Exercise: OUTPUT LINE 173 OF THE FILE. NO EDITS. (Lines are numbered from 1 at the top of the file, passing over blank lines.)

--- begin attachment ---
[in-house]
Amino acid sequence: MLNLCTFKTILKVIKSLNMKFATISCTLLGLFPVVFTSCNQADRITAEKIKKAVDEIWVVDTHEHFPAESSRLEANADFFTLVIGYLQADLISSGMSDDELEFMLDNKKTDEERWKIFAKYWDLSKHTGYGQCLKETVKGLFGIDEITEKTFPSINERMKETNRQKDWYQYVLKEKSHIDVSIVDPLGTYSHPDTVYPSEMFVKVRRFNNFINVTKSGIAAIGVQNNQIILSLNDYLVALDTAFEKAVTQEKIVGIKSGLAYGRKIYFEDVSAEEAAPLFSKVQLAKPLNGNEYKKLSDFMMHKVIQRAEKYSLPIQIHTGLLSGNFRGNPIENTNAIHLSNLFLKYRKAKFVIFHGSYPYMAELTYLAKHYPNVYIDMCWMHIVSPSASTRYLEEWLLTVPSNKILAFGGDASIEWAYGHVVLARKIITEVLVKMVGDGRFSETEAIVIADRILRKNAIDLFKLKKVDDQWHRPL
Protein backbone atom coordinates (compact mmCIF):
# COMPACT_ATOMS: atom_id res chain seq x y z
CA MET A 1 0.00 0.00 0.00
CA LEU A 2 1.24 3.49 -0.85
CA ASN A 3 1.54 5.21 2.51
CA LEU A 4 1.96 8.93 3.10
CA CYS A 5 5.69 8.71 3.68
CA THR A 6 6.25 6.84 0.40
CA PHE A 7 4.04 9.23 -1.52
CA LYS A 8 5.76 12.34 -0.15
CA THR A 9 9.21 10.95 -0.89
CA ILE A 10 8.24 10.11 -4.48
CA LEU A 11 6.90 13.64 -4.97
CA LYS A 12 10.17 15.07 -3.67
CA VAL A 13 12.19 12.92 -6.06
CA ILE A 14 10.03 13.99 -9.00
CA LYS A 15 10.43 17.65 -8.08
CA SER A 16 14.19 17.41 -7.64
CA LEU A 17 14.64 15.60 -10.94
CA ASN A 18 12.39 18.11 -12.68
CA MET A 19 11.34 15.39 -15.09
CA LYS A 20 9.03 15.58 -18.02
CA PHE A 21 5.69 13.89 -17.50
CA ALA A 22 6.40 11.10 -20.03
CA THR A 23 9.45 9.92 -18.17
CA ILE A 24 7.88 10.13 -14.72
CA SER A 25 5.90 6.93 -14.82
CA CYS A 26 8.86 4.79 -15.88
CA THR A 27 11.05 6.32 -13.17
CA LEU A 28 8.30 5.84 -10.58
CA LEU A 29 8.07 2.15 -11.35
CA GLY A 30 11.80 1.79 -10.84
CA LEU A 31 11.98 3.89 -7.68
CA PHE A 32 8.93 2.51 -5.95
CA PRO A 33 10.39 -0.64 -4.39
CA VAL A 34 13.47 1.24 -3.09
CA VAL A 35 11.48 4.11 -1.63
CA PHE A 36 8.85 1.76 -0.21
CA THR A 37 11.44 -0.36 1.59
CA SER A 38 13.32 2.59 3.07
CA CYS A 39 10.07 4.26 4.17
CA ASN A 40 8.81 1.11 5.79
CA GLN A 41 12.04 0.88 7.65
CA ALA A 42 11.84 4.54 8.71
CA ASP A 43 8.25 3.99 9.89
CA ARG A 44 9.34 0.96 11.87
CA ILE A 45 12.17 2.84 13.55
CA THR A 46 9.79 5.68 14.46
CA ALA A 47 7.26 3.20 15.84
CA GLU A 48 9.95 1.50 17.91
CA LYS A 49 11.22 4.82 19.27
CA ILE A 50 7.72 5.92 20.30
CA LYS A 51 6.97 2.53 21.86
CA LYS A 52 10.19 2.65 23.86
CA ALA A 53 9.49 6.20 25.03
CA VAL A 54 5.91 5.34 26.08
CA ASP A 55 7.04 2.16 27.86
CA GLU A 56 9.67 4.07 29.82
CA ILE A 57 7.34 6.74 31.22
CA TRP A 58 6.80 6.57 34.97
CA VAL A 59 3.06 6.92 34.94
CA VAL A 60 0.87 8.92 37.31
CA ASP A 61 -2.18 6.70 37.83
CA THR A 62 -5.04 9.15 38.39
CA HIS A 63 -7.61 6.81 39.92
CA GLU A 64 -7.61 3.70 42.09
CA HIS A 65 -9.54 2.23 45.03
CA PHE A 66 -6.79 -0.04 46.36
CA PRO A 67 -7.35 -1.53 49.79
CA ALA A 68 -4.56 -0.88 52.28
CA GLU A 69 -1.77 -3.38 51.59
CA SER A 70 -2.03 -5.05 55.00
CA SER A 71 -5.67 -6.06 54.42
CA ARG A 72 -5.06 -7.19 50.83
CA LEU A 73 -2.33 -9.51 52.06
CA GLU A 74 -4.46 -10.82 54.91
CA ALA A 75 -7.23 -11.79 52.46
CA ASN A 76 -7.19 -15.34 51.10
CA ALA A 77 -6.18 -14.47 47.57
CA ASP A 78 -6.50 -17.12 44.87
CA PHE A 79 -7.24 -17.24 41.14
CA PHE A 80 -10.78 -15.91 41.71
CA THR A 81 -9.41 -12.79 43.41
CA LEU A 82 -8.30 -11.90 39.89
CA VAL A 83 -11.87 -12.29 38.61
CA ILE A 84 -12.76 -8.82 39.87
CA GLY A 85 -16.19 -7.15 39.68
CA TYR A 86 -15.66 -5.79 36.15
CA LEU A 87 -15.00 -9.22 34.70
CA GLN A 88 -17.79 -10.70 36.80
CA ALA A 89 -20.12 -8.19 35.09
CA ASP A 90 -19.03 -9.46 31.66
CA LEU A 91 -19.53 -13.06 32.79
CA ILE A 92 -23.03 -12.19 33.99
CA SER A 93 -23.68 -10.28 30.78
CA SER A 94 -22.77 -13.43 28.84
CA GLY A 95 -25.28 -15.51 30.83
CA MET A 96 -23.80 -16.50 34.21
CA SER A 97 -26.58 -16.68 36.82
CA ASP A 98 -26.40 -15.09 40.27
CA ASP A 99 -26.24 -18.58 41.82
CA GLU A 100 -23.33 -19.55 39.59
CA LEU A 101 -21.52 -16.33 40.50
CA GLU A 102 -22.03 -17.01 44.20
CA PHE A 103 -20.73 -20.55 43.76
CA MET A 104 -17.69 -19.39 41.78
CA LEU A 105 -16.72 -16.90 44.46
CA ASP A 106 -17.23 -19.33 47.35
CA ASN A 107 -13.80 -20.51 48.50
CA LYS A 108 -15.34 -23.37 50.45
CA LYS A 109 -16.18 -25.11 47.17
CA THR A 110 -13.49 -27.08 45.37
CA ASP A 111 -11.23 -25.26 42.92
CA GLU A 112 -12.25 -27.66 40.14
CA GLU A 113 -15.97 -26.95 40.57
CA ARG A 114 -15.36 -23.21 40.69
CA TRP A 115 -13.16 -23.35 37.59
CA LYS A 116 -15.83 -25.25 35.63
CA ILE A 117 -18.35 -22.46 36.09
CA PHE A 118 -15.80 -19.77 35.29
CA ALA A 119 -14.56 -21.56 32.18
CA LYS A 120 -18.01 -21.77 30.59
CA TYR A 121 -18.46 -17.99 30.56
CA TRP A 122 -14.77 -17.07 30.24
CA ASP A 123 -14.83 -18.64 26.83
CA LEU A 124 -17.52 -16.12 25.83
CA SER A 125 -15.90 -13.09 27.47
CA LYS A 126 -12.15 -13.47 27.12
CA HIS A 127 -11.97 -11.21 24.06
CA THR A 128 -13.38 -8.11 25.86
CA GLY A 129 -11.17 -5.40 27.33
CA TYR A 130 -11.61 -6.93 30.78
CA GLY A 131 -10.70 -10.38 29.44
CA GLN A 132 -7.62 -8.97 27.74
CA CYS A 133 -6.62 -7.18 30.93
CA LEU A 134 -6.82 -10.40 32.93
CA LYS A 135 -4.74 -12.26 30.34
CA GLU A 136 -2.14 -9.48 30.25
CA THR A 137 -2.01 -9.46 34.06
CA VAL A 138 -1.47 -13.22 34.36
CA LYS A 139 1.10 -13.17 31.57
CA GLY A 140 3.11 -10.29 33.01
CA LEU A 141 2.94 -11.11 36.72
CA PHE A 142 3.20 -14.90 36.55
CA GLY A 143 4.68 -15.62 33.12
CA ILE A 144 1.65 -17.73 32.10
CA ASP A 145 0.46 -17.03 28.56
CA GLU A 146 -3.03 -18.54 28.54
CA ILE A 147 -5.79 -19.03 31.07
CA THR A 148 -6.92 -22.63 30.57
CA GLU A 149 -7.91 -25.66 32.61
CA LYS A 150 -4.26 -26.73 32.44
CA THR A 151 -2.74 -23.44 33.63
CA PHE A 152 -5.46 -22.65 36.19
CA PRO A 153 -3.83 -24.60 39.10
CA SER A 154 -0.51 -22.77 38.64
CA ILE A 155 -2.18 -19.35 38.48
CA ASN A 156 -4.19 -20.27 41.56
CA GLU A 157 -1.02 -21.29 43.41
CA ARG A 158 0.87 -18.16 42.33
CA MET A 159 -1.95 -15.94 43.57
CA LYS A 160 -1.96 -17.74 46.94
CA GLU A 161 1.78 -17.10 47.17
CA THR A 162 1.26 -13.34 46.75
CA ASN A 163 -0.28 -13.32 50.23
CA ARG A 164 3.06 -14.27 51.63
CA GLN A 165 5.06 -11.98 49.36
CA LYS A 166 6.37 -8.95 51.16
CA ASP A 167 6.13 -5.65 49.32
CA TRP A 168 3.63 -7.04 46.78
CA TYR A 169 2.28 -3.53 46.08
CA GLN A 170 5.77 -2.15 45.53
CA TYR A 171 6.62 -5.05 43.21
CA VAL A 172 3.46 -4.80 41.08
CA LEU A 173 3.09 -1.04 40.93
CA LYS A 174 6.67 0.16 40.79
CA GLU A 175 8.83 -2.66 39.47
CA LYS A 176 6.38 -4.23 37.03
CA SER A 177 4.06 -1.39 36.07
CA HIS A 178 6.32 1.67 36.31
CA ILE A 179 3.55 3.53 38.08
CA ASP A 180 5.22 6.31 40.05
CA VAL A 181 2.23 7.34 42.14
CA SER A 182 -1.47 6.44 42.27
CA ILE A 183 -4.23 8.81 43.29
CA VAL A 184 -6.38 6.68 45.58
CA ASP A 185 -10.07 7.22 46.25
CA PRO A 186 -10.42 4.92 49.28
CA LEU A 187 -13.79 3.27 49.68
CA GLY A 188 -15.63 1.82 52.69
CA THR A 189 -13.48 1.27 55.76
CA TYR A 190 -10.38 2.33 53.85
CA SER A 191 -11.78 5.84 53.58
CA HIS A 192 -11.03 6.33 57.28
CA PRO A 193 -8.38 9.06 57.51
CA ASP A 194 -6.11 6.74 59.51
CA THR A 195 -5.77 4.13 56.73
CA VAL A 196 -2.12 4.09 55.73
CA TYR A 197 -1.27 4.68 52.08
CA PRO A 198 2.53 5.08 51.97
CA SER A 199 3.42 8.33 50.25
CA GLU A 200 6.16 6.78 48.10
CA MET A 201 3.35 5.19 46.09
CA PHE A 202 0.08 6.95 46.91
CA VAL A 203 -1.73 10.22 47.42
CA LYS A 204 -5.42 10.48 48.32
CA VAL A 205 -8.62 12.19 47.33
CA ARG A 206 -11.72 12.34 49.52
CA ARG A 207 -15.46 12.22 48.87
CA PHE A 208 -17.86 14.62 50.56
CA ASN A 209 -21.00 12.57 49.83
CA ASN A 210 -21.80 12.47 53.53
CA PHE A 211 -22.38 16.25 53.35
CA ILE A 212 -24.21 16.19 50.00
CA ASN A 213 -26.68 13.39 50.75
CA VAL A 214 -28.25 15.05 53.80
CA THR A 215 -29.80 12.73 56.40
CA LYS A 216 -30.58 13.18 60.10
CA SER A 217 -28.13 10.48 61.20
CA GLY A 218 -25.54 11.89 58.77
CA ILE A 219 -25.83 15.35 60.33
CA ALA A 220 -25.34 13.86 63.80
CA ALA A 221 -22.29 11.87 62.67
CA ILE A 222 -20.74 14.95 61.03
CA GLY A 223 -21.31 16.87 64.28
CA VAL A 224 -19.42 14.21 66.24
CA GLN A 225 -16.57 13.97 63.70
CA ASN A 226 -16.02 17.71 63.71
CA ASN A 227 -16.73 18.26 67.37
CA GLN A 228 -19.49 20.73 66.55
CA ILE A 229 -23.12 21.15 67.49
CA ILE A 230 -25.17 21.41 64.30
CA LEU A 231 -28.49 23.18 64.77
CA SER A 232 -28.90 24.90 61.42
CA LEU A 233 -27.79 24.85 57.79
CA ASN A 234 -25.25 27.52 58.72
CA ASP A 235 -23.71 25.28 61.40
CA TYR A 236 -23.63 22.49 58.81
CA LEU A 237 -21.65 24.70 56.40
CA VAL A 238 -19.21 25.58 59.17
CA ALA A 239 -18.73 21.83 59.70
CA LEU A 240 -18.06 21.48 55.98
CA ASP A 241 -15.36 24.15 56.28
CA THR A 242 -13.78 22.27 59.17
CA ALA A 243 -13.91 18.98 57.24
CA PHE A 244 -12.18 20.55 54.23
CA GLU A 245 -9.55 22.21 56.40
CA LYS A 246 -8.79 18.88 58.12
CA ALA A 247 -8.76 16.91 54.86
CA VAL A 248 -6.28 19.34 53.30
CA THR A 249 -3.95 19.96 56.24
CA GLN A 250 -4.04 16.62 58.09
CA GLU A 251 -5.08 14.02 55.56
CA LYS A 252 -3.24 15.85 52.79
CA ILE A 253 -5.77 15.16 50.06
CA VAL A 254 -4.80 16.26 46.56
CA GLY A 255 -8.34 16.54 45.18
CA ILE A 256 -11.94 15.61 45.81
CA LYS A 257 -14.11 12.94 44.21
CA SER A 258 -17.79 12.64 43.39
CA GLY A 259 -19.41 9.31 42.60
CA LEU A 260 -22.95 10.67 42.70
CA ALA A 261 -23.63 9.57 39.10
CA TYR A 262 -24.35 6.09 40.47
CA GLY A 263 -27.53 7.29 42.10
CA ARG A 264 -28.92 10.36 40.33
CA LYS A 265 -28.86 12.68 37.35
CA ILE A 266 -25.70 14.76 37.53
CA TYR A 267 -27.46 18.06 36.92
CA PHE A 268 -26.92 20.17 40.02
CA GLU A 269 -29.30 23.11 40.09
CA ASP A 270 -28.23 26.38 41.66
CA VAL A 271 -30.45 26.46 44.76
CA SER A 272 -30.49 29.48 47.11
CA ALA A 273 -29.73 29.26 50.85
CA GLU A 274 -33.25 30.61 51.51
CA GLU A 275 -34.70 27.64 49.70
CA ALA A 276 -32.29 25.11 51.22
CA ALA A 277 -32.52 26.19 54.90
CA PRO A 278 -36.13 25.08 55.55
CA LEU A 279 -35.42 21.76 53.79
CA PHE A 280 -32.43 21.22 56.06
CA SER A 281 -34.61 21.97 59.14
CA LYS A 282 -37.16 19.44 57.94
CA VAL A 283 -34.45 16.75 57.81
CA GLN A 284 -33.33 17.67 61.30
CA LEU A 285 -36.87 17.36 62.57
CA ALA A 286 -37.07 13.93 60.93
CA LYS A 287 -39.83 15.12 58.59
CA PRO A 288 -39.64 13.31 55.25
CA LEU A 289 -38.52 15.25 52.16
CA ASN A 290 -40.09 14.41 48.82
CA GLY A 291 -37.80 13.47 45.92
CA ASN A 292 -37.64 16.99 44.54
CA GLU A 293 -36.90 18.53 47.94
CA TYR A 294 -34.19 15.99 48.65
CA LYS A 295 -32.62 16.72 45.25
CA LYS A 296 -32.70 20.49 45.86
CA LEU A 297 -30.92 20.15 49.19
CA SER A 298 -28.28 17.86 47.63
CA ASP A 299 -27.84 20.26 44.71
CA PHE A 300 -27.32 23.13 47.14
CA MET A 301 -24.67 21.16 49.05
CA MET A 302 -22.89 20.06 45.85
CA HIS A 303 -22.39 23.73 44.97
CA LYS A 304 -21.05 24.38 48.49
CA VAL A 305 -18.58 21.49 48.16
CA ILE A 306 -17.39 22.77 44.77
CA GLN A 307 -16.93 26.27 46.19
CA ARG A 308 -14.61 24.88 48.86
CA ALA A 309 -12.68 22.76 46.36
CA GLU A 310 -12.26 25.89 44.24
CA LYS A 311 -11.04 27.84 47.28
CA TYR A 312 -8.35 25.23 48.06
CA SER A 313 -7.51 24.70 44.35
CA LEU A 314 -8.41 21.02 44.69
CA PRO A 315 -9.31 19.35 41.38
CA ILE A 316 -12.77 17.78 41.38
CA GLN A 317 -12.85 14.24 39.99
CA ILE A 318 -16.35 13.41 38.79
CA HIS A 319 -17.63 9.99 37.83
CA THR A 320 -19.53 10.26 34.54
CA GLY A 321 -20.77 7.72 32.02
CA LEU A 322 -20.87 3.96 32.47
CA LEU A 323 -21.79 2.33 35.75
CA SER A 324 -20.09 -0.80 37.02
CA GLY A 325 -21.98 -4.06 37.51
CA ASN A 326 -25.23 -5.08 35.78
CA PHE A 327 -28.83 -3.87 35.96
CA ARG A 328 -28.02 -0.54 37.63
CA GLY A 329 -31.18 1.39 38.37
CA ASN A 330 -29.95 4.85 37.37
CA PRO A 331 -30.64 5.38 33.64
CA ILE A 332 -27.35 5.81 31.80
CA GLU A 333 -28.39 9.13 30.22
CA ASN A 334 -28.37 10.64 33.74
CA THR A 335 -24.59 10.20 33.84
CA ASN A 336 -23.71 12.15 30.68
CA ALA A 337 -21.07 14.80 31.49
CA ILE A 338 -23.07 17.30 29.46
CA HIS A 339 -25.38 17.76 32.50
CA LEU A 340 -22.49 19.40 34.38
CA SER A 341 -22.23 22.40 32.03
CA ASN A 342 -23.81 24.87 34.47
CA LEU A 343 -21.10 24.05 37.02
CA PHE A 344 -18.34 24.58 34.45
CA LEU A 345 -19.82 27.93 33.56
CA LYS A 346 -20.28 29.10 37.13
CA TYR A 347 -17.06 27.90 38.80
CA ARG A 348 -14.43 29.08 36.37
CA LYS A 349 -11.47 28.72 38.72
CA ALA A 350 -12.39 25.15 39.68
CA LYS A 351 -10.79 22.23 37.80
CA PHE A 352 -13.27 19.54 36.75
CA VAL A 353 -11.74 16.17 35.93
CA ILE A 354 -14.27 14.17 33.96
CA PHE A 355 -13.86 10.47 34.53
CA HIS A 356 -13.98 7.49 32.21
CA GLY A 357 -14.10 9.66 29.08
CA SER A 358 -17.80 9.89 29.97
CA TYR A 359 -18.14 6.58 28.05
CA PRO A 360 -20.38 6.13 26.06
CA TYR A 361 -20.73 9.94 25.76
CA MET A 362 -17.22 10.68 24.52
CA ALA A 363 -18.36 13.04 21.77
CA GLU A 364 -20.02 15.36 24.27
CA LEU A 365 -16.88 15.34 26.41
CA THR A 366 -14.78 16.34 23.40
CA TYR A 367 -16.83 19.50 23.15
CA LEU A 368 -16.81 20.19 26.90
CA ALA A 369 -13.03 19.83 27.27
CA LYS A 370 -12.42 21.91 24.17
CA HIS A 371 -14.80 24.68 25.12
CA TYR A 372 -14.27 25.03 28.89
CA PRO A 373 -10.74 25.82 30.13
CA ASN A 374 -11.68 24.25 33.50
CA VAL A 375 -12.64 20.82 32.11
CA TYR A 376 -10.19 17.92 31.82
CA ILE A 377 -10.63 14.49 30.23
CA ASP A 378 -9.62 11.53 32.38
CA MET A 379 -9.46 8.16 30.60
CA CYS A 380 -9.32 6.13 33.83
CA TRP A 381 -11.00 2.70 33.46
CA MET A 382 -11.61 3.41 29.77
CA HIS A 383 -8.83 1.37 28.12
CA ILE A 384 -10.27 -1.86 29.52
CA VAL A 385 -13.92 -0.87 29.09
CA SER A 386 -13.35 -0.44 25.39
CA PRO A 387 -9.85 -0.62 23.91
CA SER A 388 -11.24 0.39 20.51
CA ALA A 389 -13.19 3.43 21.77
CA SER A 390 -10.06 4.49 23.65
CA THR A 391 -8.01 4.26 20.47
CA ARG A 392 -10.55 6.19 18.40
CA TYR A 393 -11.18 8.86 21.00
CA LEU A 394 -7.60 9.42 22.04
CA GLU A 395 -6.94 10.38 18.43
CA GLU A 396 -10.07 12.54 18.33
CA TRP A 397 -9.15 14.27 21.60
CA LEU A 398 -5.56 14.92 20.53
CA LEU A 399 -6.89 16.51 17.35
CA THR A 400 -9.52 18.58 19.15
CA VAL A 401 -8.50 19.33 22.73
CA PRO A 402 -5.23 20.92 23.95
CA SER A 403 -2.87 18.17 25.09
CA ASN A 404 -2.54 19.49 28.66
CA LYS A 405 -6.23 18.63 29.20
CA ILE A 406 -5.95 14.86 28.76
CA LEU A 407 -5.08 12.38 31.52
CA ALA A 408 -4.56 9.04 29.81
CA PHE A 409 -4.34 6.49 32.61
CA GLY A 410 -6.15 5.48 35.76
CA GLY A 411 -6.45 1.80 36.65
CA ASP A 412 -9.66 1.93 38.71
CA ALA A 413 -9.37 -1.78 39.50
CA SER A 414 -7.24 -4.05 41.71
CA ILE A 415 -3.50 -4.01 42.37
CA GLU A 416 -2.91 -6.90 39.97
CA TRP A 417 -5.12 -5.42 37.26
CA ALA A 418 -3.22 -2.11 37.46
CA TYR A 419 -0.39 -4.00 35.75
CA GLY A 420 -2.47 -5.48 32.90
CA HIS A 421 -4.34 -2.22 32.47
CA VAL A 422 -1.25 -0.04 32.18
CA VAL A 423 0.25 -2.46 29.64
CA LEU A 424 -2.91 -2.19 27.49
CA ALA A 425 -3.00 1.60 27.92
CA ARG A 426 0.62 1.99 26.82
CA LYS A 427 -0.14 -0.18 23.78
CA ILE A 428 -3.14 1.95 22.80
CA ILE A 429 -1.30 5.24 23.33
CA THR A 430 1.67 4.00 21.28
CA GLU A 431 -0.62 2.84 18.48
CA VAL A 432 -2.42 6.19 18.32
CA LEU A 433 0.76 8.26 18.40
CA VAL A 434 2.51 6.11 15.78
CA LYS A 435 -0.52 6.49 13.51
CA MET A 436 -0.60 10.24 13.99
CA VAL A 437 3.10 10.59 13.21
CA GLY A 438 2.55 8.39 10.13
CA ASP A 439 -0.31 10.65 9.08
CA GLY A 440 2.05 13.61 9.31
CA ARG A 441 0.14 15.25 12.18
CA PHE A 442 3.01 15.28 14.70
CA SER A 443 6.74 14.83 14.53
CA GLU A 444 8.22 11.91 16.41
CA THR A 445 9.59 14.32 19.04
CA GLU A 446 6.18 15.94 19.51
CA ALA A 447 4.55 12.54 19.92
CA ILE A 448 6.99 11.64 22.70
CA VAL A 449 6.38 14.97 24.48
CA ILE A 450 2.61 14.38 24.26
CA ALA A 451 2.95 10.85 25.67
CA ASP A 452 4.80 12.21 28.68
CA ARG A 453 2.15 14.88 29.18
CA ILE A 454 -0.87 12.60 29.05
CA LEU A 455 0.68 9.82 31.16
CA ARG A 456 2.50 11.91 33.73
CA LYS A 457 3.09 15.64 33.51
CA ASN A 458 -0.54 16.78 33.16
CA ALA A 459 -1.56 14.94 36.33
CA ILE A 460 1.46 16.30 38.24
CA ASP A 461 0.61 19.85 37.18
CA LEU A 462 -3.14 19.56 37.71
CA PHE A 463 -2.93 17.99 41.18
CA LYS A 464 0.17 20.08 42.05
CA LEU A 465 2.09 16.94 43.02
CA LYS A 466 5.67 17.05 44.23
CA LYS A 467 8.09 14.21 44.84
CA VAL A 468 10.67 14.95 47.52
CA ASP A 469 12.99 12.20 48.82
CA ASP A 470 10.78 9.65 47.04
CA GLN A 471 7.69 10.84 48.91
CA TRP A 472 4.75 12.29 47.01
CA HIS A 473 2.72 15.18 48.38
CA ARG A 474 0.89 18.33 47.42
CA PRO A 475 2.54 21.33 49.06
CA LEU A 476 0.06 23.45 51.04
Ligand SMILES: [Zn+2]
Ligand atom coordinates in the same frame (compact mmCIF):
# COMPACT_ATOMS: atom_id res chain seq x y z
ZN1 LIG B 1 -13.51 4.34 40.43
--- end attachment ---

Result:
CA TYR A 169 2.28 -3.53 46.08